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Vaalpens, also known as Kattea,[1] as of the beginning of the 20th century, a little-known nomadic people of South Africa, who survive in small groups in the Zoutpansberg and Waterberg districts of the Transvaal, especially along the Magalakwane river. They are akin to the Bushmen.[2]

In 1905 their total number was estimated by the Transvaal military authorities at "a few hundreds". The Vaalpens ("dusty-bellies") were so called by the Boers from the dusty look of their bodies, due, it is said, to their habit of crawling along the ground when stalking game. But their true color is black. In height the men average about 4 ft., i.e. somewhat less than the shortest Bushmen.[2]

Socially the Vaalpens occupy nearly as low a position as even the Fuegians or the extinct Tasmanians. They were nearly exterminated by the Amandebele, a tribe of Zulu stock which entered the Transvaal about the beginning of the 19th century. The Vaalpens, who live entirely by hunting and trapping game, dwell in holes, caves or rock-shelters. They wear capes of skins, and procure the few implements they need in exchange for skins, ivory or ostrich feathers. They form family groups of thirty or forty under a chief or patriarch, whose functions are purely domestic, as must be the case where there are no arts or industries, nothing but a knowledge of hunting and of fire with which to cook their meals. Their speech appears to be so full of clicks as to be incapable of expression by any western phonetic system.[2]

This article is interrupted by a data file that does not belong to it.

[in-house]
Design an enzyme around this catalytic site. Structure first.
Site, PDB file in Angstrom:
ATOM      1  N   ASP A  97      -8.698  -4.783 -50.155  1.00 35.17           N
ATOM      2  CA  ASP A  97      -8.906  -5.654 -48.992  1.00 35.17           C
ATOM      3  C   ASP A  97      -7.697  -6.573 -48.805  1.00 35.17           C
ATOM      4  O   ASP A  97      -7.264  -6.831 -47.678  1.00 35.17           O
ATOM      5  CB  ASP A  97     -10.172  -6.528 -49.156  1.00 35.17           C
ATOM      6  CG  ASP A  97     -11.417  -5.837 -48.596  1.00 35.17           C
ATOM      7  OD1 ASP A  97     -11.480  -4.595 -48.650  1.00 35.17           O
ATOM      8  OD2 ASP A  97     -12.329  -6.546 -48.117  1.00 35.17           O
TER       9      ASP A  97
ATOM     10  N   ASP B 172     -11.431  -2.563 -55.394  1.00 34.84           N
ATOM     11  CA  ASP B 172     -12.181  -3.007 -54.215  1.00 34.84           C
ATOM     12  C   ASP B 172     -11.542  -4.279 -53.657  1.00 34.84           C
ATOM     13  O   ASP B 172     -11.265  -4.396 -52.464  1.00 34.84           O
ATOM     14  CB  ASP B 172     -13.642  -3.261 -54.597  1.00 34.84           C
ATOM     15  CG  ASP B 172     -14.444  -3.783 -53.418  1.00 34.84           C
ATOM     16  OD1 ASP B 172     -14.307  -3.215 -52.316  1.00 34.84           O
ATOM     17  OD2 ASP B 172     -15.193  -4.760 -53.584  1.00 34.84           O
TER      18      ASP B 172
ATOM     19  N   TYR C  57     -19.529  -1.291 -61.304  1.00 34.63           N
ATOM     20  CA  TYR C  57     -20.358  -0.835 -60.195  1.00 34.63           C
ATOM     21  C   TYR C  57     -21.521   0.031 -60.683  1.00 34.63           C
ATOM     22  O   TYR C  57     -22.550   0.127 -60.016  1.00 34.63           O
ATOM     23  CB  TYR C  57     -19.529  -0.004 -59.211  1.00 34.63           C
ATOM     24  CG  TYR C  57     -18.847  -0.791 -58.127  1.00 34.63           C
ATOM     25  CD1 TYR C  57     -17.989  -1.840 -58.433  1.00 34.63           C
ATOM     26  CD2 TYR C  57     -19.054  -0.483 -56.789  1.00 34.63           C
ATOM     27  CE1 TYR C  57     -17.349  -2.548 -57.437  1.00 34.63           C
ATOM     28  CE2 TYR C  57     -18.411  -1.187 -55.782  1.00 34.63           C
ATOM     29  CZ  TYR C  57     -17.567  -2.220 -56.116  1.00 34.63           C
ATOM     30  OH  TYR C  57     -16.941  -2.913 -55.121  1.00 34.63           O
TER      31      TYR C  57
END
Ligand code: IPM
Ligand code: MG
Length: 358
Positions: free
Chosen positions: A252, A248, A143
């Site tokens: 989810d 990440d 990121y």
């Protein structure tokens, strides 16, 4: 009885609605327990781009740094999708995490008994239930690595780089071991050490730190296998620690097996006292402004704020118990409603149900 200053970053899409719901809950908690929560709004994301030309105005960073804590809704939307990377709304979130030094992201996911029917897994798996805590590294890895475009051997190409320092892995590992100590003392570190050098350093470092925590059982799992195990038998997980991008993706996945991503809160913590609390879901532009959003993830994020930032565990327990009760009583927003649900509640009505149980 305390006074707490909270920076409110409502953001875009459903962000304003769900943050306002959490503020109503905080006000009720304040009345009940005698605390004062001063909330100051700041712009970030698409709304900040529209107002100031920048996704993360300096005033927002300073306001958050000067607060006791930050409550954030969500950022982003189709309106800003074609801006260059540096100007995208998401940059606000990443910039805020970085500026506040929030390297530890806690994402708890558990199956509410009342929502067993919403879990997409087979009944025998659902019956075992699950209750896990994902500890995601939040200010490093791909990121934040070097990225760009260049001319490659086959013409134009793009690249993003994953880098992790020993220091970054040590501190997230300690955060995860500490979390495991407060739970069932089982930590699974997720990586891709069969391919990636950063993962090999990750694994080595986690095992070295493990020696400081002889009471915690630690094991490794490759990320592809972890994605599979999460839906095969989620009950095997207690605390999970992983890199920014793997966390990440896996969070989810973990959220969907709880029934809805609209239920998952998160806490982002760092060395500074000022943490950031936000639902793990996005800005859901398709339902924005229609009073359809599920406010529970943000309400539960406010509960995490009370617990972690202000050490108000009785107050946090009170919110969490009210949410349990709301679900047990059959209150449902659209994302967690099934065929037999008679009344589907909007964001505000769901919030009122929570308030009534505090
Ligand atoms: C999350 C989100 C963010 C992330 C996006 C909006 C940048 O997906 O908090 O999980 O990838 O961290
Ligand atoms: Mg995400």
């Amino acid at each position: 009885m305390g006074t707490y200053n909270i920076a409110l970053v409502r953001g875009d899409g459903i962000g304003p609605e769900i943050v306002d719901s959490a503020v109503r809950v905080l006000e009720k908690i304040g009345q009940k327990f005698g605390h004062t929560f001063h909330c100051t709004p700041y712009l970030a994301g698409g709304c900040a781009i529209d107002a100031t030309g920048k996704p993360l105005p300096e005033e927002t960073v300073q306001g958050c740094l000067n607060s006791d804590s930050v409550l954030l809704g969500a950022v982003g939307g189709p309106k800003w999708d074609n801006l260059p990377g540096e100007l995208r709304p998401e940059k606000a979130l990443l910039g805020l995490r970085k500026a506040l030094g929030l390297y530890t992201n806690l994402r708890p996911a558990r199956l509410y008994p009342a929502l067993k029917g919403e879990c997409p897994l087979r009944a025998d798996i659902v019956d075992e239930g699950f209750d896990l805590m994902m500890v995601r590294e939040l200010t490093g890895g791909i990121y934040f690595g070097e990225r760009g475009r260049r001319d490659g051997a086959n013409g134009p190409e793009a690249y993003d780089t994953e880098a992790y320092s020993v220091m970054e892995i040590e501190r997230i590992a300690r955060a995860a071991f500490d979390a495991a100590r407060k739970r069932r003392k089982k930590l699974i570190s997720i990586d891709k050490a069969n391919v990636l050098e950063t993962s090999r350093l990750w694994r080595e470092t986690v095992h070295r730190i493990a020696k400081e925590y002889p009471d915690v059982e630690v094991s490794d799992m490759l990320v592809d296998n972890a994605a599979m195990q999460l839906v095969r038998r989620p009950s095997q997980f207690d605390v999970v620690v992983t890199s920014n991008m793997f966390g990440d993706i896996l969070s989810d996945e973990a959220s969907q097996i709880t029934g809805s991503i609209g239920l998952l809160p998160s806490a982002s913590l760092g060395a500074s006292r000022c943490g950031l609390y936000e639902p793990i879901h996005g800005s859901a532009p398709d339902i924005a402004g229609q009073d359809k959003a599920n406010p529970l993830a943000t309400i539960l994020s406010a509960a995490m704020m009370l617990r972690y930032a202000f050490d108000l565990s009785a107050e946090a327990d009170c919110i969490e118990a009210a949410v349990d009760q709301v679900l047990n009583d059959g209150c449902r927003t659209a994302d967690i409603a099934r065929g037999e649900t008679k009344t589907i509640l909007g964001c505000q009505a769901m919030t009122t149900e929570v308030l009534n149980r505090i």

ReferencesEdit

  1. ^ Keane, A. H. (1899). Man, past and present, by A.H. Keane ... Cambridge,: University Press,.CS1 maint: extra punctuation (link)
  2. ^ a b c   One or more of the preceding sentences incorporates text from a publication now in the public domainChisholm, Hugh, ed. (1911). "Vaalpens". Encyclopædia Britannica. 27 (11th ed.). Cambridge University Press. p. 830.